Some history of the Darlington Arms at Wolverhampton
The site of the Darlington Arms is now occupied by a large car park. The building once stood on the south side of Darlington Street, several doors down from the Methodist Church. The narrow lane seen here was named Darlington Passage and, as the signboard states, led to a garage and covered car park.
The garage was one of the unique selling points of the Atkinson's-operated Darlington Arms as it offered motoring facilities to those visiting the town. The pub was always linked to transportation; during the 19th century many carriers operated services from the Darlington Arms to outlying towns such as Bridgnorth, Shifnal and Pattingham. Gaining hotel status in later years, the Darlington Arms started its life as a beer house.
George Ward was an early publican of the Darlington Arms. He was also a builder and retail brewer. Indeed, the lane once led to two malt houses, no doubt the site of his brewing in the early 1830's. Whilst one of the malt houses fell into ruin, the second property was later converted into an engineering works.
Joseph Lowe continued the tradition of home-brewing at the Darlington Arms. In January 1850 he placed an advertisement in the Wolverhampton Chronicle and Staffordshire Advertiser when seeking a maltster to work for him. His advert stated that he required an experienced person and that "none but a steady man need apply." He may have been the publican as early as 1841 as he is listed at Darlington Street when the surroundings were recorded as Ward's Buildings, presumably constructed and owned by the previous builder and publican.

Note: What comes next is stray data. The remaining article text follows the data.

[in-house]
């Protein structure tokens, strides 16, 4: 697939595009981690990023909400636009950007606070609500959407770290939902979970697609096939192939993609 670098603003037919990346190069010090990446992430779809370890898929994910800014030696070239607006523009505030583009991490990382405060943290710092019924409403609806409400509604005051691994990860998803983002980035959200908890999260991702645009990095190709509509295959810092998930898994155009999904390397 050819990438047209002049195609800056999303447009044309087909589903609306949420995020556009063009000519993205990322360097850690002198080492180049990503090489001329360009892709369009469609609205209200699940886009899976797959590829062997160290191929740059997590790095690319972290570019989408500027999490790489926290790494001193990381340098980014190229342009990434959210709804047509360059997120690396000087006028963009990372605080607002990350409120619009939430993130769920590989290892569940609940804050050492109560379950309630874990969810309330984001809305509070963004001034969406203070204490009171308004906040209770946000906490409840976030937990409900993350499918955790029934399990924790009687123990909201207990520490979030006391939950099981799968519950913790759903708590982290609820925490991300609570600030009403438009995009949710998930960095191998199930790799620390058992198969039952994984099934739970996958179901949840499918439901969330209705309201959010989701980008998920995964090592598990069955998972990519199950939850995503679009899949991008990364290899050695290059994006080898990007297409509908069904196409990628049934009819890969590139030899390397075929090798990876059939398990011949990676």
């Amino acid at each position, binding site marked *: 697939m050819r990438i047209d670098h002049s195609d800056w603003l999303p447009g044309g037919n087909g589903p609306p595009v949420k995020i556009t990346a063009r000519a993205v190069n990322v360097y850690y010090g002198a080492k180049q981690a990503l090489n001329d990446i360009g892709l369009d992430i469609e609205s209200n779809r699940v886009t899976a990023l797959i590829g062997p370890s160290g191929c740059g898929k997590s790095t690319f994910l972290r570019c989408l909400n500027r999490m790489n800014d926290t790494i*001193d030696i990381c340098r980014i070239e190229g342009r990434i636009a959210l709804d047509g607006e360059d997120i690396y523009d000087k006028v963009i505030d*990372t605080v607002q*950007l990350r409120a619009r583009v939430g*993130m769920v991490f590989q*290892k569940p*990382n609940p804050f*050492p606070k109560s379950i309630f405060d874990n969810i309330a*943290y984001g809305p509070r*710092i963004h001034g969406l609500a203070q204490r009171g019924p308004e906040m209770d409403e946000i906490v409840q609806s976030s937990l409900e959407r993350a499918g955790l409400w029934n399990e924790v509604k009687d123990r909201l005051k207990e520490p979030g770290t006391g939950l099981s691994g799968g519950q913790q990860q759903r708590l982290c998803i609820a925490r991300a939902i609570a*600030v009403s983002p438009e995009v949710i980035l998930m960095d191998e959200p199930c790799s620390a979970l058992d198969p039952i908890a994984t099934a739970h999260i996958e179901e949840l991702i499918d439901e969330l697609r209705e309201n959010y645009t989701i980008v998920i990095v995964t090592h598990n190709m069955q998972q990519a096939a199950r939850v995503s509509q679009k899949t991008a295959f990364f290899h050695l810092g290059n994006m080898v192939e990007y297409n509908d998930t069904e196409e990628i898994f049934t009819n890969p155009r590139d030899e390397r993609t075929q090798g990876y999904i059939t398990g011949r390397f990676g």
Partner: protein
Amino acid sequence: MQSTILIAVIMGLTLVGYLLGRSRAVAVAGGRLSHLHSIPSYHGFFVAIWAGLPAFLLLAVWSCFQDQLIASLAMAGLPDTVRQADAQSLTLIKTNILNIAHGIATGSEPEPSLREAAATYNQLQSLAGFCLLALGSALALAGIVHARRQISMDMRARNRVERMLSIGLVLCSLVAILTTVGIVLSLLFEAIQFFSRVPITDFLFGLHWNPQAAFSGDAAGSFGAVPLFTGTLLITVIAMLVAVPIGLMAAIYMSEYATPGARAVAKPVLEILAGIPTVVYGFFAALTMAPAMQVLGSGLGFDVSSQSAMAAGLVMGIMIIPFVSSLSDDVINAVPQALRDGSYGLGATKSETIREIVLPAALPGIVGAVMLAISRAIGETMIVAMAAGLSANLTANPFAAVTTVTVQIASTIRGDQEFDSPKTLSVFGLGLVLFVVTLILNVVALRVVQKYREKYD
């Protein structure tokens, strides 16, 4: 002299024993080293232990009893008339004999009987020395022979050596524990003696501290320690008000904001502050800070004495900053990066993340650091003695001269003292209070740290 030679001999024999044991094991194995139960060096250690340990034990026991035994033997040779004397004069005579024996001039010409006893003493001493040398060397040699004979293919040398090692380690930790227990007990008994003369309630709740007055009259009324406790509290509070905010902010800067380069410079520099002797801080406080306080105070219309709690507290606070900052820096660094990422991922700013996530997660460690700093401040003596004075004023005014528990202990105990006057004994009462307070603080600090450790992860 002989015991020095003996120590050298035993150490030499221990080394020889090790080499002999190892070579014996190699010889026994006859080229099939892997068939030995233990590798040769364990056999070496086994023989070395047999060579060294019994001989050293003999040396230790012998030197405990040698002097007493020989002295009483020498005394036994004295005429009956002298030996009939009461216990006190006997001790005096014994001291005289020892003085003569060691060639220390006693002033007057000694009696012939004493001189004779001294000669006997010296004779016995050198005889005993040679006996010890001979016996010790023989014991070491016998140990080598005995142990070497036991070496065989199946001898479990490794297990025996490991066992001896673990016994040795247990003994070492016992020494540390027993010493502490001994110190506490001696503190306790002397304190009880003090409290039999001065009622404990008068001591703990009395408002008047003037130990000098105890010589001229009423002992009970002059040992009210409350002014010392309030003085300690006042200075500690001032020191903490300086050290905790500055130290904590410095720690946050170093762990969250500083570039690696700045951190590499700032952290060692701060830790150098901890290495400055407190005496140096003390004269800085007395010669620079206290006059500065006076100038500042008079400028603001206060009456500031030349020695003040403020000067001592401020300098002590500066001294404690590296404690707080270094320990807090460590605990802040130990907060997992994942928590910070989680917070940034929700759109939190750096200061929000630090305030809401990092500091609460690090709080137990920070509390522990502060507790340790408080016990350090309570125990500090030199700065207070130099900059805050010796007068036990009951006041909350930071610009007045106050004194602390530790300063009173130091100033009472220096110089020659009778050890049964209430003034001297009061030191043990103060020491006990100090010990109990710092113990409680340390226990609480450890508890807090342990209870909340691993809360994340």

Joseph Lowe was born around 1794 in the Staffordshire village of Ashley, midway between Stoke and Market Drayton. He kept the Darlington Arms with his wife Anne who hailed from Willenhall. The pub had been upgraded to a fully licensed establishment during their time at Darlington Street. The couple would later move to the Wheatsheaf Inn on Market Street where, after a short illness, Joseph Lowe died on December 2nd, 1861. He was 67 years-old.
The advertisement [below] appeared in the Wolverhampton Chronicle and Staffordshire Advertiser on April 6th, 1859. The advert was for a new tenant to take on the "old established and well-frequented business." The advertisement shows that the stabling for the Darlington Arms was extensive and could accommodate up to fifty horses.
Presumably responding to the above advertisement, Lewis and Catherine Leach were running the Darlington Arms in the early 1860's. The couple had previously lived in Tettenhall where Lewis Leach worked as a groom whilst his wife earned money as a laundress. Lewis was originally from Newport in Shropshire. The Leach's would later move to the Oakley Arms at Kiddemore Green between Brewood and Bishop's Wood.
Thomas Cartwright was another publican of the Darlington Arms to originate from the Shropshire town of Newport. He would later move to the Duke of York in Princess Street.
Most of the people who kept the licence of the pub were tenants and, in later years, managers for a brewery. I stumbled upon a bankruptcy case dated July 1904 which may identify the owner of the building in the Edwardian period. Tom Tabeiner, an ale and porter bottler and licensed victualler of Bolton, was recorded as having a receiving order against him. In addition to being listed owner of two addresses in the Lancashire town, he was also listed at the Darlington Arms in Wolverhampton.
"At the Wolverhampton Police Court, James Lee, a stranger to the town, pleaded guilty to stealing three billiard balls from the Darlington
Arms, Darlington Street, Wolverhampton. The prisoner tried to pawn the balls at the shop of Mr. Teare, Salop Street, but they were recognised as stolen property, and a
policeman was sent for. The prisoner then bolted, but was followed by Mr. Teare, and captured. The accused was sent to prison for a month with hard labour, and Mr. Teare
was complimented by the Bench, and given 10s. in recognition of his services."
"Theft of Billiard Balls"